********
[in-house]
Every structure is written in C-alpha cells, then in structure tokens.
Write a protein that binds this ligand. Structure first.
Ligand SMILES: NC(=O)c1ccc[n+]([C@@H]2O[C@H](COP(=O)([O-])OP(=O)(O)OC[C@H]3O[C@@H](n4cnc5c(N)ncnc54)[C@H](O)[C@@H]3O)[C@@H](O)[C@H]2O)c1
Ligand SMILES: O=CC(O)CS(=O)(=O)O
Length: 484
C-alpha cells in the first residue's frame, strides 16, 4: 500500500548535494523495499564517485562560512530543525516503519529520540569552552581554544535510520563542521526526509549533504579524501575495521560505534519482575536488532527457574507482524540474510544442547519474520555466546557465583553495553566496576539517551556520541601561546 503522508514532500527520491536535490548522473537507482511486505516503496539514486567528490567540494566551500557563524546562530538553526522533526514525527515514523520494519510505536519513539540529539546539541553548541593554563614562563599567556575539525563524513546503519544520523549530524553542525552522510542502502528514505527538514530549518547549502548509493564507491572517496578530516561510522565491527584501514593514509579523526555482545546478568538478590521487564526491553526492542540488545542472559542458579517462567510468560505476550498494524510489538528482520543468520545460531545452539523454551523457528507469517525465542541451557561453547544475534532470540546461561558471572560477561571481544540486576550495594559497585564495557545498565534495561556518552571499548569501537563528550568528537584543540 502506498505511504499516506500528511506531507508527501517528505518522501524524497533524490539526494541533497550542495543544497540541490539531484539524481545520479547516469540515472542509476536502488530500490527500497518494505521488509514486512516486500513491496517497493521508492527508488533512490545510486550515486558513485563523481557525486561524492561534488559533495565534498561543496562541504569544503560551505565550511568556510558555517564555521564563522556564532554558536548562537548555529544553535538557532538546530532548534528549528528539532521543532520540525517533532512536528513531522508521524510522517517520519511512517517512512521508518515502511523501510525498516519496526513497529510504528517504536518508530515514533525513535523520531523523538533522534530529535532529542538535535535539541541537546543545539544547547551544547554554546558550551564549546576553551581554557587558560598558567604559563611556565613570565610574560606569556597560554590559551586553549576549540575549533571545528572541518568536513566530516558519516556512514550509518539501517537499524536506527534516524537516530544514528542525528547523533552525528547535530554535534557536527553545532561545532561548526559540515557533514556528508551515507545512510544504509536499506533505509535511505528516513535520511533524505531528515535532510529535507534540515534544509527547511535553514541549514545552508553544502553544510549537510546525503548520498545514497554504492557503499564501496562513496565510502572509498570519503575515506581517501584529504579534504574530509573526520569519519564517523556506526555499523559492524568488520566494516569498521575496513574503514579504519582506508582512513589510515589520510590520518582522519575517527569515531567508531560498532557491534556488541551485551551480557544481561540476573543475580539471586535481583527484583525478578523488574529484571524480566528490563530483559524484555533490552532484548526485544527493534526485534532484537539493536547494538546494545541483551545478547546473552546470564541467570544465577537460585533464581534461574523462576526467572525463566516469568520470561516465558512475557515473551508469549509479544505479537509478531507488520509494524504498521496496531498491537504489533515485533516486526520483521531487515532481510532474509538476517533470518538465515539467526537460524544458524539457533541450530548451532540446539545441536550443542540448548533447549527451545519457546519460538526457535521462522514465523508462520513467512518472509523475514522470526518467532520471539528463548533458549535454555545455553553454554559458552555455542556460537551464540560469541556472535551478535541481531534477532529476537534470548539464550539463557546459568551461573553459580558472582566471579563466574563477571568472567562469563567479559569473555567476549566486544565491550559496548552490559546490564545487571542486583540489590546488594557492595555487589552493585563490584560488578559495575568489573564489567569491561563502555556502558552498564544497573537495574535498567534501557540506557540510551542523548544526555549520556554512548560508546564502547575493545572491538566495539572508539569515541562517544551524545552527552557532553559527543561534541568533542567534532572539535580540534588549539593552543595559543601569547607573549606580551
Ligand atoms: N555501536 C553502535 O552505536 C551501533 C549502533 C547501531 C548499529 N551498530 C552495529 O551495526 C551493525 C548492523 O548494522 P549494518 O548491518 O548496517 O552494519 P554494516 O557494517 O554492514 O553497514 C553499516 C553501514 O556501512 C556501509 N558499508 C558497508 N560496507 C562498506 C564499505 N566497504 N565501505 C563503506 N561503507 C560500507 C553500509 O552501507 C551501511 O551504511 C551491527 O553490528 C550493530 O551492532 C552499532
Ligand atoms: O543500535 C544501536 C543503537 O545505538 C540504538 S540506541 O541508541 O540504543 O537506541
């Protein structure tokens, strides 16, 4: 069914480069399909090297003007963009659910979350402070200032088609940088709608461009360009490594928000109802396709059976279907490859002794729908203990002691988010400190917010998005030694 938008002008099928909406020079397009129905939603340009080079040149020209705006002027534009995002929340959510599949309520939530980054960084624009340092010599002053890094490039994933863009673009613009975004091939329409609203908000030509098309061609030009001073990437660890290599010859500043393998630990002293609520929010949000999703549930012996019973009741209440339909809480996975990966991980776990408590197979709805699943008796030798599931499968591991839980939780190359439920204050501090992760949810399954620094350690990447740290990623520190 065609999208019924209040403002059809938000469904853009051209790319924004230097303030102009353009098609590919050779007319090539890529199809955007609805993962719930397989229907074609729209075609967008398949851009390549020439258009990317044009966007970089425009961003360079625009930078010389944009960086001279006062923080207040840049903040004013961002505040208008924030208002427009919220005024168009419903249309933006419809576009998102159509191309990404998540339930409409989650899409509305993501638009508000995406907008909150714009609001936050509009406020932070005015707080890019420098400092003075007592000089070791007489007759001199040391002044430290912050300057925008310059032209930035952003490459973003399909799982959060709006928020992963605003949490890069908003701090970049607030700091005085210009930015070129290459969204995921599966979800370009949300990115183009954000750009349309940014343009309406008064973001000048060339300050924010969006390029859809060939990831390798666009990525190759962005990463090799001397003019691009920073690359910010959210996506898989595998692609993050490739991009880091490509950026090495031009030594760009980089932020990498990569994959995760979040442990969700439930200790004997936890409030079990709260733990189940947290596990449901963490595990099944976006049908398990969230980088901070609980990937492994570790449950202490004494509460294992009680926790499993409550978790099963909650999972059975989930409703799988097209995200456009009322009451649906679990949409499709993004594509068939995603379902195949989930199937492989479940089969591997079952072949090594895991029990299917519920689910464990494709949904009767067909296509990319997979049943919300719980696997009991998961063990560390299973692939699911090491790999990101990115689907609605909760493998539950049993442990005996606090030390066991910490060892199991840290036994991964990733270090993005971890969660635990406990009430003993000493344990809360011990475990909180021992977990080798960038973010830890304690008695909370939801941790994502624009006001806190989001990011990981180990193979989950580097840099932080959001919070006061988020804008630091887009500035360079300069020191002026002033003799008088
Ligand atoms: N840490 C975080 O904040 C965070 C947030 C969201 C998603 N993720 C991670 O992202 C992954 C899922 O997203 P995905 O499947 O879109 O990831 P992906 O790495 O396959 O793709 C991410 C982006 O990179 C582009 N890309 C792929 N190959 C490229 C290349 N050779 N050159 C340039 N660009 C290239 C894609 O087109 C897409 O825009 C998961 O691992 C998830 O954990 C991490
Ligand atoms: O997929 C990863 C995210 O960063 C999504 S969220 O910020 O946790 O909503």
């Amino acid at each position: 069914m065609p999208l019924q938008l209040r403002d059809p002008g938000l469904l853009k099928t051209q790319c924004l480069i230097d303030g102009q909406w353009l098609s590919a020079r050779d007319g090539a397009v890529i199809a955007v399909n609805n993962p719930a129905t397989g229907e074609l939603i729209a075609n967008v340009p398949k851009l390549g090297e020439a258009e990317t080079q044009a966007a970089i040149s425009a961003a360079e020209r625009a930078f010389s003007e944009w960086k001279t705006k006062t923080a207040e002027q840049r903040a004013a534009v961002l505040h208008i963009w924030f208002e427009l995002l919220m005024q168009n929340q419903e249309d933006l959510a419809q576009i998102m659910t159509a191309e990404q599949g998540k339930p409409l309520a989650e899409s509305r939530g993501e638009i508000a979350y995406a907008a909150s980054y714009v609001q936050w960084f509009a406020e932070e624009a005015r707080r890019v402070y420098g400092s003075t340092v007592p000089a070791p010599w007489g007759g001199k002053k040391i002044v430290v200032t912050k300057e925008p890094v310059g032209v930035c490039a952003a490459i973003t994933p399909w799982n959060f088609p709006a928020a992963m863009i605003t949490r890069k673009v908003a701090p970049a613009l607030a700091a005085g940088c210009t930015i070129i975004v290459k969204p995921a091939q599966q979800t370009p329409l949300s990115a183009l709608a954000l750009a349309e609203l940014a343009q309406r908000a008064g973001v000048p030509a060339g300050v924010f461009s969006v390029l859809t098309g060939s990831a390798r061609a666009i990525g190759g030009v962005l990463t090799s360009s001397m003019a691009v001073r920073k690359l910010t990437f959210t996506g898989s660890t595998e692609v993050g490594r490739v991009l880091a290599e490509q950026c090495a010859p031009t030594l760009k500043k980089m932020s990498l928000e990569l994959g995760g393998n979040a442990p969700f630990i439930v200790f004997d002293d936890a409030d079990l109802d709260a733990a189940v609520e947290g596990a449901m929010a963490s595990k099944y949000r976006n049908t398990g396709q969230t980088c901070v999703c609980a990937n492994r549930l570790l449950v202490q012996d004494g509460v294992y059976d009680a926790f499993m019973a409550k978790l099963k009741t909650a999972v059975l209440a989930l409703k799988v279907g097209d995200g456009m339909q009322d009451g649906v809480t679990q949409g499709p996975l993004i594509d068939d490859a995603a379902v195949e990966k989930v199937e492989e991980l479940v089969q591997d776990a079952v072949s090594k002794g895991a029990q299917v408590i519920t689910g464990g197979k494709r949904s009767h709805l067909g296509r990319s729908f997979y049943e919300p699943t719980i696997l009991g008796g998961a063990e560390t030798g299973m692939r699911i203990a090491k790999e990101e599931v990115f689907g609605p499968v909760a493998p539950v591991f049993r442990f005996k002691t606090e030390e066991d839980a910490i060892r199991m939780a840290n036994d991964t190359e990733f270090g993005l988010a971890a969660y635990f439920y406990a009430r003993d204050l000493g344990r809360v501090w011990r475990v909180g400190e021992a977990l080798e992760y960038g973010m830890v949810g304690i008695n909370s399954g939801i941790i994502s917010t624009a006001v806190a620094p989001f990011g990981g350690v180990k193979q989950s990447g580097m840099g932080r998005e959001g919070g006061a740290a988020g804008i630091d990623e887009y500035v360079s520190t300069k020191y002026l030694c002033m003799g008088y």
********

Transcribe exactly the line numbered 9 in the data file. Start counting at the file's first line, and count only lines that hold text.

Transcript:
Ligand atoms: O543500535 C544501536 C543503537 O545505538 C540504538 S540506541 O541508541 O540504543 O537506541